1. lucrative (adjective) = profitable, profit-making, gainful, moneymaking, well paid. Example: The childcare business is not very lucrative. 2. prior to (phrase)= before; till -->before a particular time or event. Example: Passengers may board the plane twenty minutes prior to (= before) departure. 3. fraction (noun)= a small part of something. Example: Juries often hear only a fraction of the story. 4. cluster (verb) + around something --> to form or gather together. Example: All his grandchildren clustered around him. b) People clustered around the noticeboard to read the exam results. 5. plight (noun) = a dangerous, difficult, or otherwise unfortunate situation. Example: Our problems aren’t much compared with the plight of the flood victims.
Hunted for meat and medicine While habitat loss has been hard on the bears, the biggest threat to Taiwan's largest mammal is illegal hunting. Over recent decades, there's been a growing, lucrative trade in bear parts -- bear meat for the black market and bones, gallbladders and paws for traditional Chinese medicine.
In the past there were strict taboos among indigenous Taiwanese about hunting bears. If you killed one, Hwang says, some tribes even isolated you out of fear you would bring bad luck back to the village.
The dense, mountainous forests in eastern Taiwan make up a large part of the bears' native habitat.
But now, a black bear corpse can be worth as much as $5,000 to a hunter. Studies around Yushan National Park prior to the 1980s found 22% of the area's bears were killed for their meat and body parts. By the 1990s, this had soared to 59%.
Hwang says the solution lies in education. If the market for bear parts and meat can be ended by raising consumer awareness, the animals can be saved. "If there is no market demand, I believe this will lead to less bear killing. This surely will help," she says.
A sign in Taiwan's Dasyueshan National Park warns hikers and tourists to watch out for bears.
Another problem is that, due to bears' large feeding grounds, they regularly stray outside of the protected forests and into the wilds where they are vulnerable. Displaying the GPS data of one adult male on her laptop, Hwang shows us his path over the course of months. "That's the protected forest," she says, pointing to a small square covering just a fraction of his path.
Still, Hwang says there doesn't need to be more protected areas across the island, just better enforcement against illegal hunting. "If all the suitable habitat allowed bears to survive, the current capacity for the whole island is able to have 5,000 to 10,000 individuals," she says. Instead, there are just hundreds. 'More precious than pandas' The only place anyone is likely to see a black bear these days is behind wire and glass at the Taipei Zoo.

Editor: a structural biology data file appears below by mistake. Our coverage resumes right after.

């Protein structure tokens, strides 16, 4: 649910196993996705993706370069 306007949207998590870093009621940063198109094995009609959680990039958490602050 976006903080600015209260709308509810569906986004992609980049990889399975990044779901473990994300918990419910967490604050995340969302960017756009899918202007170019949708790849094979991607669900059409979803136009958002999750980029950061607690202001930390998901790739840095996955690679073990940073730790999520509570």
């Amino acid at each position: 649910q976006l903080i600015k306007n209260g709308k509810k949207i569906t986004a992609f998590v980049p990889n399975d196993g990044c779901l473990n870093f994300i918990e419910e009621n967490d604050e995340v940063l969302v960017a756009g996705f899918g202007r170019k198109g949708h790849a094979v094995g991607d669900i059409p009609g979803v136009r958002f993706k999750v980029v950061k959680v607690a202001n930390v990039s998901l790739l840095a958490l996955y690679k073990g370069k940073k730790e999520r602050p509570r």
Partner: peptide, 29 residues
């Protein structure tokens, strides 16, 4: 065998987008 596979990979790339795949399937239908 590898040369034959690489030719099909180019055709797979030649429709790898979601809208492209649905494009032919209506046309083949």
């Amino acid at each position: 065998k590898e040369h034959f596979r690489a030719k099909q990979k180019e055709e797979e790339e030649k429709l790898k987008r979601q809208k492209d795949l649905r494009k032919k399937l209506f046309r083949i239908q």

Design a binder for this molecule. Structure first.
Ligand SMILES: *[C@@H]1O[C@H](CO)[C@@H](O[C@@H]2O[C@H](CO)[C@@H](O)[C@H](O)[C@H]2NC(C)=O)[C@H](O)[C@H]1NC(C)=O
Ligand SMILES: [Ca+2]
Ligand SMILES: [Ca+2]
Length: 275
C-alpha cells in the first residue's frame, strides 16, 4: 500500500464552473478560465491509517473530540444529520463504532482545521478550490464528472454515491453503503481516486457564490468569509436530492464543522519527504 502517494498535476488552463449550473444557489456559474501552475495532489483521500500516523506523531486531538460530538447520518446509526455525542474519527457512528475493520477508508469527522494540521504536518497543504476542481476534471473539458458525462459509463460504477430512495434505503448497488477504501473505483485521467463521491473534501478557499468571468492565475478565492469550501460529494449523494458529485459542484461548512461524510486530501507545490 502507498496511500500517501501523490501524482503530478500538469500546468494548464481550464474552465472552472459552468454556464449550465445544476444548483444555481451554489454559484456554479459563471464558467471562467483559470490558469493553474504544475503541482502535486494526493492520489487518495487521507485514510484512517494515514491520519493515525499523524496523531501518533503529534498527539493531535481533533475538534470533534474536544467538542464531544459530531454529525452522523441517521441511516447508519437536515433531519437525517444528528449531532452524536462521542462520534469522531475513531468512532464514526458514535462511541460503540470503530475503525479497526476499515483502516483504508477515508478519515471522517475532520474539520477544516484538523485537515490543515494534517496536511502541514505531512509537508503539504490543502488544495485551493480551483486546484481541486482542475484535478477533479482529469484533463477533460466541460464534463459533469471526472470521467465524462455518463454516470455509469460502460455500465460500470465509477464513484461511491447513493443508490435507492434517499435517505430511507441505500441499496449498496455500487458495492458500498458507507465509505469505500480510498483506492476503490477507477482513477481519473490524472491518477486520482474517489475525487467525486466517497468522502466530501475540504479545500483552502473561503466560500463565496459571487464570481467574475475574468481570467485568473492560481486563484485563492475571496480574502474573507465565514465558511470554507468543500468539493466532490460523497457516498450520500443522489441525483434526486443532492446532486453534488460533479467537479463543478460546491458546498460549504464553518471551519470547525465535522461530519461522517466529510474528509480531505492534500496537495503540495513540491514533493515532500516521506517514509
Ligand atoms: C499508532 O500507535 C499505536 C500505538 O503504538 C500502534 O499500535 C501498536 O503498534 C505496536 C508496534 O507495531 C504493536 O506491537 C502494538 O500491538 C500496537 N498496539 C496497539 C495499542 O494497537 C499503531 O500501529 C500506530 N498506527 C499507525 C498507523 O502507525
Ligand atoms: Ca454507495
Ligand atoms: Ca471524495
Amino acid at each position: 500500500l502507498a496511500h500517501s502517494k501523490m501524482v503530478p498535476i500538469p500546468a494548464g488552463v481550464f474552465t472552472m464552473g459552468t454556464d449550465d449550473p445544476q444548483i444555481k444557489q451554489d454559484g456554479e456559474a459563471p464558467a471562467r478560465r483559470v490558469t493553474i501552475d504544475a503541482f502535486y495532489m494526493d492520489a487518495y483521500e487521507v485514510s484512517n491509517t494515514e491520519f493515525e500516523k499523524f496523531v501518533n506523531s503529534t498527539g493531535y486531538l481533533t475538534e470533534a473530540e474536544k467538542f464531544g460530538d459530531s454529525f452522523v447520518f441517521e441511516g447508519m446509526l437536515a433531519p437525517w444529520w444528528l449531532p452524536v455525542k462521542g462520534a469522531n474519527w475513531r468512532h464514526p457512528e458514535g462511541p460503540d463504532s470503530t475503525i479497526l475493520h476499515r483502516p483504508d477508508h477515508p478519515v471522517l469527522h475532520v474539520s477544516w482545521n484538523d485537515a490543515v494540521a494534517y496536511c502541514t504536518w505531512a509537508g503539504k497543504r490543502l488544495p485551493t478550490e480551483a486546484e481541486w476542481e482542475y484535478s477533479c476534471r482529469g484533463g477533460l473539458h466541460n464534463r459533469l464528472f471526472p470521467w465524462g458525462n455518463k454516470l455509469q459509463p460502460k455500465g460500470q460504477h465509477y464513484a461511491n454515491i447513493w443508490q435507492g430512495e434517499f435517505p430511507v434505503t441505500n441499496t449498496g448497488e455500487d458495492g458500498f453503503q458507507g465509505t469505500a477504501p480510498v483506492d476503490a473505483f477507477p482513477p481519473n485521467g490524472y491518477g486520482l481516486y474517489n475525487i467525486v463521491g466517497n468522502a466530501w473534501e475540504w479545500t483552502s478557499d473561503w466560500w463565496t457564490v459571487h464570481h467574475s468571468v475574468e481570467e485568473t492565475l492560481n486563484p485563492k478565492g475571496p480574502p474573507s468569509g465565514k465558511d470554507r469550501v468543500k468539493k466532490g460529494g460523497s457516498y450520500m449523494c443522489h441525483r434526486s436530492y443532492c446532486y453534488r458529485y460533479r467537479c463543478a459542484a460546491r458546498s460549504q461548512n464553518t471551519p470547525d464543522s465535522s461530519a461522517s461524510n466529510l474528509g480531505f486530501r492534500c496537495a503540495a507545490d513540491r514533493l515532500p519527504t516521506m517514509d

On a sunny Saturday, tourists from the island and mainland China cluster around the window of the Formosan black bear enclosure. "He's coming. He's so cute," one tourist says in Mandarin as the huge shaggy bear ambles through its cage.
Tsai Chien-Chuan, 40-year-old father of two, brought his daughters to the enclosure. He says people need to be educated about how important the bears are to Taiwan. "They are more precious than pandas," says Tsai. "They are very important with a smaller population. If we don't protect them, they may go extinct."
A Formosan black bear strolls through his enclosure at the Taipei Zoo.
Hwang is hopeful for the future of the bears and says she's been encouraged by the growing island-wide awareness of the animal's plight. She now has about 25 volunteers working with her group, setting up camera traps high in the mountains to help track the bears' movements. Up in the mountains near Dasyueshan, there is first-hand evidence of hope for the bears. Using a GPS tracker, linked to a collar, Hwang and her team track down a female bear who has been only showing small signs of movement for months. This is likely because she has just given birth to cubs and has slowed her movements to a minimum to look after the young bears in safety. "I do believe we can make a difference," says Hwang. "To be honest I do see a lot of change."